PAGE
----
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  say it can fuel a vicious cycle. A tired and frustrated public tends to let its guard down, triggering more infections and restrictions that in turn compounds the fatigue.
We’re all familiar with the IMSAFE aviation mnemonic. By triggering three of its six components: S-stress, F-fatigue and E-Emotion, the pandemic has inserted itself in our pre- flight planning not only regarding quarantine restrictions and availability of services but in our very fitness to fly the airplane – and we should not underestimate its effect. In a combined industry effort, NASA has prepared a series of surveys to better understand how COVID influences pilots both directly and indirectly due to the effects of the pan- demic. In addition to emotions, fatigue and stress, another monster faces those of us paid to pilot planes professionally: the furlough monster.
You’re Fired!
The stock market’s 57 percent plunge from October 9, 2007 to March 9, 2009 (1929 was 83 percent) was a stark reminder that a modern-day stock market crash is still pos- sible. And does this sound familiar: “Over the next several years, consumer spending and investment dropped, caus- ing steep declines in industrial output and employment as failing companies laid off workers.” That was an internet search response to “what happened during The Great De- pression of 1929.” The follow-on government protectionist strategy of the Smoot-Hawley Tariff and rapidly growing trade restrictions then generated a worldwide depression.
Fast forward to 2020: About 15 million people were em- ployed in restaurants as waiters and cooks and other staff; half of them saw their jobs disappear. Similar losses struck other industries: hotels, entertainment, the conference in- dustry, car rentals and the airline industry. Air travel stalled out last March and has improved slightly, but passenger volumes remain down by more than 65 percent. Without additional government funding, carriers have moved ahead with massive layoffs: American Airlines furloughed 17,500 workers on October 1 and will lay off another 1,500 soon. United Airlines began to furlough nearly 16,400 workers at the start of October. Delta said it planned to furlough 1,721 pilots, and Southwest Airlines has said that it will not cut jobs through the end of the year. The reason to avoid pilot furloughs is largely one of logistics.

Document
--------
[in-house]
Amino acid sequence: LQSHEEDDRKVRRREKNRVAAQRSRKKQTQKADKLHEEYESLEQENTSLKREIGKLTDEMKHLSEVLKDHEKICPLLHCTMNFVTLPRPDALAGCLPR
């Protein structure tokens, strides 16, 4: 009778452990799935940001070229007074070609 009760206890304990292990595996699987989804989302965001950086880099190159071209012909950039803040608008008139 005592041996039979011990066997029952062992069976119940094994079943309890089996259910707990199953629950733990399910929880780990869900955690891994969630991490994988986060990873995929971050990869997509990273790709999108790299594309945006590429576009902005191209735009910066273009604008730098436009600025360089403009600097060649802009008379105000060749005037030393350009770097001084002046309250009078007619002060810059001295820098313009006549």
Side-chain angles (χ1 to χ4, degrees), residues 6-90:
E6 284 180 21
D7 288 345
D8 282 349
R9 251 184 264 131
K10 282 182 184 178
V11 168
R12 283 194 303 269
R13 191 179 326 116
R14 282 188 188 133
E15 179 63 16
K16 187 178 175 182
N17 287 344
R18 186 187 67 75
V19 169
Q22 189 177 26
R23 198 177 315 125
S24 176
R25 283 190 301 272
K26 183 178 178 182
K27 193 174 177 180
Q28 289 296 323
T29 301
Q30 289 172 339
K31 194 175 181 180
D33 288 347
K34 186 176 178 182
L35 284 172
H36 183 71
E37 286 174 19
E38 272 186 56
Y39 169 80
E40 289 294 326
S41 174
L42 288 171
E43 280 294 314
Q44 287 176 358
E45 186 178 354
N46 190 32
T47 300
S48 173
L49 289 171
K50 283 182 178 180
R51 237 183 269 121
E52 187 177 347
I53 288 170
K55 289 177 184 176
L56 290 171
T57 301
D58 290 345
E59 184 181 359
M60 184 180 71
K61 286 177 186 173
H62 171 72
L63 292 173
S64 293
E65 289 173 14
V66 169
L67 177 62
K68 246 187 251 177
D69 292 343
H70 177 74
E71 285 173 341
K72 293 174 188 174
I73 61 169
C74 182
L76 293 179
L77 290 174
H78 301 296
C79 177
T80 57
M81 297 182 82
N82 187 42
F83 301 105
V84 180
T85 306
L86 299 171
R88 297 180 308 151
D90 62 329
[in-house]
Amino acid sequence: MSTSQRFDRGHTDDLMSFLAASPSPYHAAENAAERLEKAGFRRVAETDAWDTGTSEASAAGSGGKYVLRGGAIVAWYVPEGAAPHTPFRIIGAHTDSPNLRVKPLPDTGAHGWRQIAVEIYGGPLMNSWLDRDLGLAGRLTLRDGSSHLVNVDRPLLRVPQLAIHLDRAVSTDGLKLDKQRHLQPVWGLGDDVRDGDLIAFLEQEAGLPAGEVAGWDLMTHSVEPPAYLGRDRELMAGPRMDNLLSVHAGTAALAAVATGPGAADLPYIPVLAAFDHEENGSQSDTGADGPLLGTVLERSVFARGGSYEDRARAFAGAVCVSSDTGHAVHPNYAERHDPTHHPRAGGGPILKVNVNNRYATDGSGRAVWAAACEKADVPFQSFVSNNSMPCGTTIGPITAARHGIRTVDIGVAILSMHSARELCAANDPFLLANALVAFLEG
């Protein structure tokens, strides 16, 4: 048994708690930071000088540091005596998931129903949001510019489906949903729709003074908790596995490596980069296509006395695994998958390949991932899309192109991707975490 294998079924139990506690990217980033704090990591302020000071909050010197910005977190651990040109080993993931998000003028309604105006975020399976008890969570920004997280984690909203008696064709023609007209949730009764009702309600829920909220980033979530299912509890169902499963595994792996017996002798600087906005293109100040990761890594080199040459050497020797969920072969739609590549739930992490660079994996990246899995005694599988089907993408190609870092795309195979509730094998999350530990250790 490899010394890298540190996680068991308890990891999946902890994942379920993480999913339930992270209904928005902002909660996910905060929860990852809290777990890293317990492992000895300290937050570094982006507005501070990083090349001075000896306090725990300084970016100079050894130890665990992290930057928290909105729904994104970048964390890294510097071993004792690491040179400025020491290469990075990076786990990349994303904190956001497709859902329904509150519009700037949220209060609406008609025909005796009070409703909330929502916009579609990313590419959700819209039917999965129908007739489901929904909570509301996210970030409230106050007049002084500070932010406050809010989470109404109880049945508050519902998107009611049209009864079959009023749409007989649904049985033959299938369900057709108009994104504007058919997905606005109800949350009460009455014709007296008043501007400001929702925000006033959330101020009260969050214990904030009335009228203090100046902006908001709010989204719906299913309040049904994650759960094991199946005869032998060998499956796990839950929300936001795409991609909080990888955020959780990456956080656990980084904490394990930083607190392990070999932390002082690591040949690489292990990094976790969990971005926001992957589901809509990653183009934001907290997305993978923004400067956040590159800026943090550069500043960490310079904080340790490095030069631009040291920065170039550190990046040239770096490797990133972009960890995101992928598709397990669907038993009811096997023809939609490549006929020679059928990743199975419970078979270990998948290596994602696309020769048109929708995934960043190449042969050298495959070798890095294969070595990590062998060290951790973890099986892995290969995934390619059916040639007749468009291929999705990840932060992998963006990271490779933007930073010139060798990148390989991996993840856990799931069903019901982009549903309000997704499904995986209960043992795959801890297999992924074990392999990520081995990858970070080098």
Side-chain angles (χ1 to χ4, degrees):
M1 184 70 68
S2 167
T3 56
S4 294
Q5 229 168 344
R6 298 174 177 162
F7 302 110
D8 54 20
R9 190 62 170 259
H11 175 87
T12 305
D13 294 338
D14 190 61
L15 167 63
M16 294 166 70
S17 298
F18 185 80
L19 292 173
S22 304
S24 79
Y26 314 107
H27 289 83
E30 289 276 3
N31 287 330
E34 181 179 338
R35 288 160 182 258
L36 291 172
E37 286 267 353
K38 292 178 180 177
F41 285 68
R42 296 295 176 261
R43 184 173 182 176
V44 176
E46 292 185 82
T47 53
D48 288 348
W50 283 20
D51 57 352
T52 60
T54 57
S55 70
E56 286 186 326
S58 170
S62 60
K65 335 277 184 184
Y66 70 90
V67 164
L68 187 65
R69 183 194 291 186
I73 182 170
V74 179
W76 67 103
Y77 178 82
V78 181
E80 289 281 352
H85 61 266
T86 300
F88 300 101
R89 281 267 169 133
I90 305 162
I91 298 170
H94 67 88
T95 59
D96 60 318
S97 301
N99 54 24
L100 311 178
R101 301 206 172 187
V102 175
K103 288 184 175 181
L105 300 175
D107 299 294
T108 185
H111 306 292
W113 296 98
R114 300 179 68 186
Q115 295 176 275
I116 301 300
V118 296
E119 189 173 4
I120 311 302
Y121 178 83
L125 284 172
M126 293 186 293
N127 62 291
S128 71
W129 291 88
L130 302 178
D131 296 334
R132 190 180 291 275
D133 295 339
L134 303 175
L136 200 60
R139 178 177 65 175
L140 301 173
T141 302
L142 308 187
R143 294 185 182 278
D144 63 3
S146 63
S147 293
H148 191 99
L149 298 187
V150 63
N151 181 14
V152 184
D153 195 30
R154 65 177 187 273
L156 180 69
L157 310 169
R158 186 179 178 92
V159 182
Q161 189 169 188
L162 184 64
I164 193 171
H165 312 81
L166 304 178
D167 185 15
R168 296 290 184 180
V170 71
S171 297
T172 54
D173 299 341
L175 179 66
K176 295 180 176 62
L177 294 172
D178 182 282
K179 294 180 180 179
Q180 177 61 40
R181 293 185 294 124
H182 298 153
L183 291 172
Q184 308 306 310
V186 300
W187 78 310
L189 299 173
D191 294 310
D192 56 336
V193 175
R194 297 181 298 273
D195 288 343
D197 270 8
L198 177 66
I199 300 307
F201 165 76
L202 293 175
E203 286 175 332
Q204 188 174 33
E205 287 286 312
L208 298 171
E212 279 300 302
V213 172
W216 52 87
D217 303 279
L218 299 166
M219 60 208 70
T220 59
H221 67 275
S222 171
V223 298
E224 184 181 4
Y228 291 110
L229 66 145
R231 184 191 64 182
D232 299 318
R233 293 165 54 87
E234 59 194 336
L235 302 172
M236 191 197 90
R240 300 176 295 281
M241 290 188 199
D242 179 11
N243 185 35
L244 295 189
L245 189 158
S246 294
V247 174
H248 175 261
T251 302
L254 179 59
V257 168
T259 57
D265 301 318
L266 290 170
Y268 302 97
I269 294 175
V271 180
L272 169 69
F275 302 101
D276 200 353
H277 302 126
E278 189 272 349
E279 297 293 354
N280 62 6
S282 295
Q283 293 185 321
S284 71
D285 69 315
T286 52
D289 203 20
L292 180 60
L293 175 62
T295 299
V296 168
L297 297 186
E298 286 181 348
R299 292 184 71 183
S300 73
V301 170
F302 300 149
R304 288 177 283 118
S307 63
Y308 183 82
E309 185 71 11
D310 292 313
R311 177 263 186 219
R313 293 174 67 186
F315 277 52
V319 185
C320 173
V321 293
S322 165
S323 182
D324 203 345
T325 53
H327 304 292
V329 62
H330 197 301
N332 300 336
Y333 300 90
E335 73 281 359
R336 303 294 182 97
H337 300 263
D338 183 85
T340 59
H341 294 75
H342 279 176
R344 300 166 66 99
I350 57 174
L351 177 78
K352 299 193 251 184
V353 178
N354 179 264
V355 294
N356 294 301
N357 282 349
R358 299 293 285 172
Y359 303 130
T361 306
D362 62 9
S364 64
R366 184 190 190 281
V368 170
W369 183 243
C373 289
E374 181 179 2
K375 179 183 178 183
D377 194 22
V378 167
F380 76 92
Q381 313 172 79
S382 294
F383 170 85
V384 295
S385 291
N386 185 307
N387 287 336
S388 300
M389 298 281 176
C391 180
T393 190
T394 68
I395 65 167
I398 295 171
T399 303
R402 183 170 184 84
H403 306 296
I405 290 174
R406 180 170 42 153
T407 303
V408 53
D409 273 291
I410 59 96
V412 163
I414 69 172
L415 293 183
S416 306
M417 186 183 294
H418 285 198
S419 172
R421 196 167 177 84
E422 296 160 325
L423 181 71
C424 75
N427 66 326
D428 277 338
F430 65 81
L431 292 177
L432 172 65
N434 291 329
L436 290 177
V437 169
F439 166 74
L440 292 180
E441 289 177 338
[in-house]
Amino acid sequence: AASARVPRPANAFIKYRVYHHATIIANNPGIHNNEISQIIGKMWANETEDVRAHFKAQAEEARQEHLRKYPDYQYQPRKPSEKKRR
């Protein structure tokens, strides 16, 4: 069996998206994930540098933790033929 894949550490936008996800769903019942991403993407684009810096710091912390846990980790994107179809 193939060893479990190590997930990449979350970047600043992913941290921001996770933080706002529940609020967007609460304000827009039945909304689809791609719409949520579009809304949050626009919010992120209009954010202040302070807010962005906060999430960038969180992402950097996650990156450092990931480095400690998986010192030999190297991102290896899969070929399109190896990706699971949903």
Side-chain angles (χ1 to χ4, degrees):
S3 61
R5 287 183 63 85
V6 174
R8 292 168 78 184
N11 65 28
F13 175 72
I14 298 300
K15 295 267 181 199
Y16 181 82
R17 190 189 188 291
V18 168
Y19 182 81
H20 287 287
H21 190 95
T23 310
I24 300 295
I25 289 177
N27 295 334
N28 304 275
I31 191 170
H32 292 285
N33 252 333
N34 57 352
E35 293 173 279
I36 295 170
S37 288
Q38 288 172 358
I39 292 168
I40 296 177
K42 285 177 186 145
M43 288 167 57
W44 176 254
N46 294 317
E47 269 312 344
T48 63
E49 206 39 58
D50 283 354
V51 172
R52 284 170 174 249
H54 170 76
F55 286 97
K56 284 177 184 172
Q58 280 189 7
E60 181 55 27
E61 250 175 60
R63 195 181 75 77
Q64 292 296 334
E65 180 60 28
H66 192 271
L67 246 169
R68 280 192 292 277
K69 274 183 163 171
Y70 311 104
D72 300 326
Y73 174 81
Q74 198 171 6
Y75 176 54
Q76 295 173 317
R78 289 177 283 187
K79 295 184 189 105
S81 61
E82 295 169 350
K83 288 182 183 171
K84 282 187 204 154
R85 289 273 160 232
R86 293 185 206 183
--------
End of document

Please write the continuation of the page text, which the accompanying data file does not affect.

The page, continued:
The process of bringing back pilots can take 15 months due to the industry’s extensive and intricate training sys- tem, according to Dennis Tajer, a spokesman for the AA pilot union. Paraphrasing Tajer: “It’s a very large ship, and when you stop it, it takes a lot of energy to get it back up and running. Pilots are assigned to an aircraft and a seat position. When we furlough, we furlough from the bottom, so all of our junior first officers, mostly on narrow-body aircraft, are removed. That causes a trickle down of training that has to happen in order to maintain the system, even a greatly reduced system. We’re a vaccine industry. We’re a vaccine country right now,” Tajer added. “We’ve got to have this financial bridge extended across the turbulent river, or we’re going to be walking right into the middle of the river, and the repercussions will be long term.”
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December 2020 / TWIN & TURBINE • 23

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